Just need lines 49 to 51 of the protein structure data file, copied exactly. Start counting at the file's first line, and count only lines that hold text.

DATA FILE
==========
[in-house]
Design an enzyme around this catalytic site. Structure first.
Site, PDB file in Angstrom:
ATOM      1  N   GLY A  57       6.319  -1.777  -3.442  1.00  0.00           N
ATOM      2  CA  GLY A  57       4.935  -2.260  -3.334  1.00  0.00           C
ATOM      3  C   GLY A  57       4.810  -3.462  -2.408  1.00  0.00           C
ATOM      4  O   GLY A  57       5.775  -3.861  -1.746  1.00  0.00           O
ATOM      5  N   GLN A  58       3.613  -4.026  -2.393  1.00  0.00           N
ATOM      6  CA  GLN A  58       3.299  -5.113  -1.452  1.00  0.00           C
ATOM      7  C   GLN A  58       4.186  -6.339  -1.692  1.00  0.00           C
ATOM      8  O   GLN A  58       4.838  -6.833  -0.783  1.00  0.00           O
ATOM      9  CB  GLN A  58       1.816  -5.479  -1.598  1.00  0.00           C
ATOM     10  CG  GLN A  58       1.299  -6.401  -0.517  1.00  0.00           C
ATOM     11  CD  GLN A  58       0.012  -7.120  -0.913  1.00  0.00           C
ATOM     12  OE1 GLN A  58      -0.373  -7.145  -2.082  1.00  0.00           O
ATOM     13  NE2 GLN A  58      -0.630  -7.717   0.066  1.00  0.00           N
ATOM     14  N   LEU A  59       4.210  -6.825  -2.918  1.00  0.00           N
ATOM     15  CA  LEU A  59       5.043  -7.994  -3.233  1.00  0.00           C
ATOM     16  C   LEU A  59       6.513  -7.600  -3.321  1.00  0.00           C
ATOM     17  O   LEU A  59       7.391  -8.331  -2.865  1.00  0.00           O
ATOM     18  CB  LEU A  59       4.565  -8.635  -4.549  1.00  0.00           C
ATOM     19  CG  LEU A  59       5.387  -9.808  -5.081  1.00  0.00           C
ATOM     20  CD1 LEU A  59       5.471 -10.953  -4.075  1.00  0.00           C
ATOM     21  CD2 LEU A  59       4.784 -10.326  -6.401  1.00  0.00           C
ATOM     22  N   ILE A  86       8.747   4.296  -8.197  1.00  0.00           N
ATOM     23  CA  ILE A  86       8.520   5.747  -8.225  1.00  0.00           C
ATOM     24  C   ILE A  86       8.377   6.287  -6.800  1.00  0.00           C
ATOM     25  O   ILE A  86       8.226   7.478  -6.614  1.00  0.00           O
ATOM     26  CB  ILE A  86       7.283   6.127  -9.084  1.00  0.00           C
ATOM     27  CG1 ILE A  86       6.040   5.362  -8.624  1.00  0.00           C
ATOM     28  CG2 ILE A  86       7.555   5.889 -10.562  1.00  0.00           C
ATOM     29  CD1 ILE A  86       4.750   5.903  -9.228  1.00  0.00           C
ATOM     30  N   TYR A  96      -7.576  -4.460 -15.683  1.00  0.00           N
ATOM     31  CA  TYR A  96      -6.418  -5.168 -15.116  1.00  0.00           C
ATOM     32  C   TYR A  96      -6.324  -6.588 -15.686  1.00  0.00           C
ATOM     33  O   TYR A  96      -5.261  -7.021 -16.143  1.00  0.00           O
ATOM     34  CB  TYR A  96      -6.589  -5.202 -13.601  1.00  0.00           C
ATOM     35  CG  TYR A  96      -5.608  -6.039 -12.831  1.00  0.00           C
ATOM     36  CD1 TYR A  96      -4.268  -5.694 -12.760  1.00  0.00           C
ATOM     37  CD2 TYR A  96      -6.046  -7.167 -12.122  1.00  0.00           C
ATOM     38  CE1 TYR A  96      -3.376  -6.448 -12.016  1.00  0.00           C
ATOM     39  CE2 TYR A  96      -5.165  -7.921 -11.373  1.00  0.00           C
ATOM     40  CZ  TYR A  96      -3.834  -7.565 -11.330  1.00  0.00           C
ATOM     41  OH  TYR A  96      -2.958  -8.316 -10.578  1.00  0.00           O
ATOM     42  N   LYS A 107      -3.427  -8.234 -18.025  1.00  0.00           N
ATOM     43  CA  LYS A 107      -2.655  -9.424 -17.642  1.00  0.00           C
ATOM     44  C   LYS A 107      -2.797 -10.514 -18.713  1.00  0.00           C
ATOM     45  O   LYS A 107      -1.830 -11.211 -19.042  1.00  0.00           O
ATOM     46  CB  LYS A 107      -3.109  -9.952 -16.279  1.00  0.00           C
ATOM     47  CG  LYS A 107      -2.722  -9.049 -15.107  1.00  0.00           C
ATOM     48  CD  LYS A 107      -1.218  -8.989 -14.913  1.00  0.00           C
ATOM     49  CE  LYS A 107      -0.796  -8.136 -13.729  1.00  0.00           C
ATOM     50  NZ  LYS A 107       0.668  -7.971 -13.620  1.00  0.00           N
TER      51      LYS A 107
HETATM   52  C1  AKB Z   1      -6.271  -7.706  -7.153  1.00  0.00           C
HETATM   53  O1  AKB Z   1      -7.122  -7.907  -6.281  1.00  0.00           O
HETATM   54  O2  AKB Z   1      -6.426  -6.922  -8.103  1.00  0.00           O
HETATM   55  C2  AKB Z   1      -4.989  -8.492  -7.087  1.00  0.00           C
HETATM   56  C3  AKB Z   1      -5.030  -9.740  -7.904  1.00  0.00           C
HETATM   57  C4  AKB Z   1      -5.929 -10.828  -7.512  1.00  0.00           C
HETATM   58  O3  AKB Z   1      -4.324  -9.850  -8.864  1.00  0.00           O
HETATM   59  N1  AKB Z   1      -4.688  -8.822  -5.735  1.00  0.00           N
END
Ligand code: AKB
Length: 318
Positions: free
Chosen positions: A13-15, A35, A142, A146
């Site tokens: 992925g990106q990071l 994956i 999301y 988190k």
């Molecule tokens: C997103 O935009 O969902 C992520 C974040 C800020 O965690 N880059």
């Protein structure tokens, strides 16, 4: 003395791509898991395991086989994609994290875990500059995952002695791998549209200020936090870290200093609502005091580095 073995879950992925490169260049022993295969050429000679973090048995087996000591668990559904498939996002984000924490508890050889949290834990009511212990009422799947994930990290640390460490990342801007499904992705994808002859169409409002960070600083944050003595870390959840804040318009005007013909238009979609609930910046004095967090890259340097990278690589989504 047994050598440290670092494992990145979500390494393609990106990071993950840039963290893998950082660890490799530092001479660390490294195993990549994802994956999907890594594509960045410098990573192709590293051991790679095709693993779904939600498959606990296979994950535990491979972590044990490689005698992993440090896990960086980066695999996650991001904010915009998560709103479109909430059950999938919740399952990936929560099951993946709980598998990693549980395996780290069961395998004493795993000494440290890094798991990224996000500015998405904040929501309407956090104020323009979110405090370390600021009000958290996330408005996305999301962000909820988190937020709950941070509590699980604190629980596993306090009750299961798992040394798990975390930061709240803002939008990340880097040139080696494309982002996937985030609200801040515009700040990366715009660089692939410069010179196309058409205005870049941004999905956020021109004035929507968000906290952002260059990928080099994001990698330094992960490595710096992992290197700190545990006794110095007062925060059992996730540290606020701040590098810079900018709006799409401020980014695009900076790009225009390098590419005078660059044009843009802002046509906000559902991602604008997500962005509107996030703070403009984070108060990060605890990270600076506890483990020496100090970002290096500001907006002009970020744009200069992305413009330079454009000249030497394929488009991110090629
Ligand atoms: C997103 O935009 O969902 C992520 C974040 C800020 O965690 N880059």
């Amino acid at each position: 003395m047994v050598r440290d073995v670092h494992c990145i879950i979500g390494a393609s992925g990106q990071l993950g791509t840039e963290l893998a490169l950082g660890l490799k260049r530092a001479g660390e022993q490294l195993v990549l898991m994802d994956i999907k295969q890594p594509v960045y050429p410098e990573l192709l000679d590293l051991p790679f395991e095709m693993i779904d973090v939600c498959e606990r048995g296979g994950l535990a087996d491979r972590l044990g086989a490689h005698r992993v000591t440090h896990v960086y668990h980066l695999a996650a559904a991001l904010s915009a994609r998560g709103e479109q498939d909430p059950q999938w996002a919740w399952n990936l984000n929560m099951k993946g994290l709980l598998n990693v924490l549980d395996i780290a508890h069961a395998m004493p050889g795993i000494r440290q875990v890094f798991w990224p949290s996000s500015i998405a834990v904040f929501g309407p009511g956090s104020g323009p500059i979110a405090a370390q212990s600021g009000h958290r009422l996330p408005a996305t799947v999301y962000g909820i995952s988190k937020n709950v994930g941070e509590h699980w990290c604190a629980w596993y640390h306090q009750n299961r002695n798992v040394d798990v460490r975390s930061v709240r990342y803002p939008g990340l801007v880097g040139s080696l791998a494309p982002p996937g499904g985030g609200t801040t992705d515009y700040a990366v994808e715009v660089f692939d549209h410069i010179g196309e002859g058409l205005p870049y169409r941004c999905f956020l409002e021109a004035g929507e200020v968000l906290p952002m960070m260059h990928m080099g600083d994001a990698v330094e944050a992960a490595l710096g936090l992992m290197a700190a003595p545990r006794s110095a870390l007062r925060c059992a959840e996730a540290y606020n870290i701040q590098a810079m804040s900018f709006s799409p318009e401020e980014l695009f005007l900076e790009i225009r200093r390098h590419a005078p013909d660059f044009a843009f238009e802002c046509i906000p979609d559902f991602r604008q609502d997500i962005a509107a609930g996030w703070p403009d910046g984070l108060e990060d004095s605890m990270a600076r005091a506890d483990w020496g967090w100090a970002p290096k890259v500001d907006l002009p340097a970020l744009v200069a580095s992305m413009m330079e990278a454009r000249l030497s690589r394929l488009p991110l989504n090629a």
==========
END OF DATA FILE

ATOM     46  CB  LYS A 107      -3.109  -9.952 -16.279  1.00  0.00           C
ATOM     47  CG  LYS A 107      -2.722  -9.049 -15.107  1.00  0.00           C
ATOM     48  CD  LYS A 107      -1.218  -8.989 -14.913  1.00  0.00           C